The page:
I was born on a street without a name, in a world of its own, pushed up against Gravesend Bay by high-rise housing projects and summer bungalows turned into year-round residences for real live gypsies.
Occasionally a body would wash ashore with his hands tied behind his back; a high contrast photo for the next day’s Daily Mirror.
I was a quiet little boy, pudgy and soft, often referred to as the fagele because I was so odd. I just never knew how to be. The world was an irritant at best.
My mom was a showgirl and my dad an entertainer. He had started out as one of the Katz Brothers, Manny, Moe and Jack. My father was Jack, the suave, debonair crooner. Mom’s career was going strong in 1945 when handsome Jack Katz came back from the war. Manny and Moe had tired of show business and decided to become commercial fishermen, trolling Sheepshead Bay for Gefilte fish.
I was born April 24, 1947. We moved to land’s end Brooklyn. My father made ends meet scaling Gefilte and stuffing ‘em in jars for his brothers although this was seasonal work as the Gefilte swam upstream to the Bronx, to spawn in the summer. Dad’s heart was in show business, though. He did Bar-Mitzvahs, weddings and of course the Catskills. So when the Gefilte headed north, so did we. Me and my mom would travel with him, staying in furnished rooms with the bathroom down the hall and a community kitchen on the first floor.
My father worked in the Casino, a large wooden structure, with a stage and folding chairs, which was the locus of night life, in the low-end hotels and bungalow colonies, favored by Jewish butchers and cabdrivers and postal workers, the occasional schoolteacher, up from Brooklyn or the Bronx, to escape that primeval humidity, buzzing with mosquitoes, the kind that would bite me, till my arms were red and swollen. Those summers sharing a room with my parents taught me how messy life could be, they were a tempestuous pair, I was so quiet and unassuming they often forgot I was in the room. My parents were good-looking people and were quite beautiful together.
I graduated Brooklyn College, June ’68, with a major in cross-cultural engineering, only to find that the bottom had fallen out of the cross-cultural market, most of the jobs having fled offshore. I took a job pushing ice cream to the good people of Brooklyn. I would schlep the sandy shore of Coney Island trying to earn an honest dollar. One day startled by the sight of Julius the Pinhead in his Speedo, I tripped over a small child and fell face first onto the commodious behind of Carol Velensky. Needless to say, we were married within the year, Julius the Pinhead, our best man; wearing a yarmulke with red on white polka dots custom made to fit his pointy head.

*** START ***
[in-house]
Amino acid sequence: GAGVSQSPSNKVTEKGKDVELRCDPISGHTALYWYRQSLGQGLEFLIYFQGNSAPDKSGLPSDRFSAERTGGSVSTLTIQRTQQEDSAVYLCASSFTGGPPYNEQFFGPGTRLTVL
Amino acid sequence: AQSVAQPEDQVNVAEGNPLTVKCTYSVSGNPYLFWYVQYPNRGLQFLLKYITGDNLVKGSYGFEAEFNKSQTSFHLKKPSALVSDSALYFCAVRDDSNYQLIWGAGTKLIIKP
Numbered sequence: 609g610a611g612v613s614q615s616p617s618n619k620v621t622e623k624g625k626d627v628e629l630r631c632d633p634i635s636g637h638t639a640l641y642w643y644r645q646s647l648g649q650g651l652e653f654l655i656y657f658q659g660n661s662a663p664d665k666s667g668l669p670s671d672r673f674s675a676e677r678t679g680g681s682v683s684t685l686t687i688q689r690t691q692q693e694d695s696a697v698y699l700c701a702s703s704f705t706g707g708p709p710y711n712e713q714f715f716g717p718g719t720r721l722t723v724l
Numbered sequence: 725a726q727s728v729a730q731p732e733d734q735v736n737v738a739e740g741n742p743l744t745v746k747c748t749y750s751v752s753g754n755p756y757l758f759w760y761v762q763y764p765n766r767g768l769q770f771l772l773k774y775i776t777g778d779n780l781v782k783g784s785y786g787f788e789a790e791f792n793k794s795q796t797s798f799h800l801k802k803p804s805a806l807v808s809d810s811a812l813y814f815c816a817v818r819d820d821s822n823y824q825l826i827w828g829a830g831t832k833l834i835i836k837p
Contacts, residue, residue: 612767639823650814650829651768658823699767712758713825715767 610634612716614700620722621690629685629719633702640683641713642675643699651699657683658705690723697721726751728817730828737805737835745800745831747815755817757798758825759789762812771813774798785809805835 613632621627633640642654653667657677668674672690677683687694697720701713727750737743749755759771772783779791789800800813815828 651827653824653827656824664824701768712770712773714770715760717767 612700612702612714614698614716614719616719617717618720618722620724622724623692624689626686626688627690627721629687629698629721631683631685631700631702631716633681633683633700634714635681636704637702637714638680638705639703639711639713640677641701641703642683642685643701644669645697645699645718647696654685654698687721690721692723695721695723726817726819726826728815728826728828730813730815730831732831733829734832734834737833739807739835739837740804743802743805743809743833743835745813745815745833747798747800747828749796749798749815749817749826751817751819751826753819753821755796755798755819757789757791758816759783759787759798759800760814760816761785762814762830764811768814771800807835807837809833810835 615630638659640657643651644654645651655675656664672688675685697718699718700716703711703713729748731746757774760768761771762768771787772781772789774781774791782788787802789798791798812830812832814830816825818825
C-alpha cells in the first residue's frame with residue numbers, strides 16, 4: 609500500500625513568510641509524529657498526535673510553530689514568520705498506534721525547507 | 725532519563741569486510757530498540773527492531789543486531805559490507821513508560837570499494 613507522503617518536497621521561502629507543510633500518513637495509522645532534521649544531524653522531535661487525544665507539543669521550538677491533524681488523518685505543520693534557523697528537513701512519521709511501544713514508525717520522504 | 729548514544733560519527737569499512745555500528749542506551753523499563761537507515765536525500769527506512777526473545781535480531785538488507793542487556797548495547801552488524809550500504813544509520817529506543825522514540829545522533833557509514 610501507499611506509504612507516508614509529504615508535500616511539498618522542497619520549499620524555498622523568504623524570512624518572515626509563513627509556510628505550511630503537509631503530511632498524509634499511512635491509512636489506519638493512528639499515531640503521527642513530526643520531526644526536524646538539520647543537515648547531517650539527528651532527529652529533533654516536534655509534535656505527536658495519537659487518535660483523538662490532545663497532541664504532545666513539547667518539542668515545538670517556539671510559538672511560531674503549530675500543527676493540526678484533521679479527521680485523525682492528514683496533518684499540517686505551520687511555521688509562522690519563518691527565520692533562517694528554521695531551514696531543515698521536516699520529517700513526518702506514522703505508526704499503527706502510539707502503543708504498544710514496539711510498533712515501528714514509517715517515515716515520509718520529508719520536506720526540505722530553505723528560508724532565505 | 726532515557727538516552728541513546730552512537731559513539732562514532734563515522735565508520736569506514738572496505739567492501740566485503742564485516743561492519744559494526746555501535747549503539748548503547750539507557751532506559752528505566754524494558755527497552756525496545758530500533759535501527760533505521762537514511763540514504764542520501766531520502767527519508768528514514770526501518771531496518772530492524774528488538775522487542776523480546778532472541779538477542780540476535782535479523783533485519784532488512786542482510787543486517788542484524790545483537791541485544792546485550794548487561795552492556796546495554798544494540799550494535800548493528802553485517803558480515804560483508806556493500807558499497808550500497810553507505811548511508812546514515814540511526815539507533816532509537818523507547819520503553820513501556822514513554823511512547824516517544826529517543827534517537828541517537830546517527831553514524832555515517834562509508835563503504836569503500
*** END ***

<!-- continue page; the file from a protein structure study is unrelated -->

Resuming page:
I fell in love with Carol’s soul, her face was odd and her body, everywhere. In 1972, Julius was offered a part in a play, all the way out in San Francisco. It was as a family, we hitchhiked cross country. Julius was a wild success playing Doctor Allen Konigsberg, a clueless intellectual; the play was to run two years.
In 1974 I took a job as a shipper in a windowless warehouse staffed by the tattooed, the pierced and the newly arrived, who even in their strange tongues made more sense to me then the witless ravings of the anarchist hordes who were the real power on the warehouse floor. I worked hard. At 30, I finally lost my baby fat. I was muscled and ripped. I became quite the hunk; women were chasing me with mattresses on their back.
Feeling full of myself, I became a writer.
I enrolled in a fiction writing course at Vista College in Berkeley. I was much taken with Ms. Leshinsky, the teacher, moderator, guide to the perplexed and perspiring, aspiring, writers of Fiction Writing 10A thru Z. I pictured the two of us holding hands, giggling over obscure references, discovering we preferred Malamud to Mailer, Brooks to Allan. We’d differ over the Marx Brothers vs. the Three Stooges, till she would say “Why you!” raising her dainty hand in V formation, feigning to poke out my eyes.
“Nyuk! Nyuk! Nyuk!” I’d reply, my right hand perched perpendicular on my nose to parry, then we would both laugh and collapse into each other’s arms.
Alas it was not to be. Ms. Leshinsky’s screenplay What up G? about a millionaire’s spoiled son who’s mistaken for a cold killer had been written with a young Dustin Hoffman in mind, but Dusty had opted out to do dinner theater instead, a musical production of Queen Victoria and Murray, co-starring Gina Lolabridgida. In any event the film was to be made, on a more modest scale with Bruno Kirby in the lead role. Ms. Leshinsky took the money and ran.
Broken hearted I turned to cheap booze and cheaper women. One night, I had a vision. That vision became my first novel, To Lose in La Dreck.
“La Dreck,” according to Susan Sontag “is a tragi-comic tale portraying the psychic dislocation of crap-shooting Franco–Jewish sewer workers, shunned by a world increasingly alienated from its bodily functions.”
All of a sudden the eyes of the literary world were on me. I decided to return to New York. It was June 1983, I was 36 years old, at the height of my powers as I walked down University Avenue, a suitcase in each hand heading for the park bench under the University Avenue Extension that served as Berkeley’s only railroad station.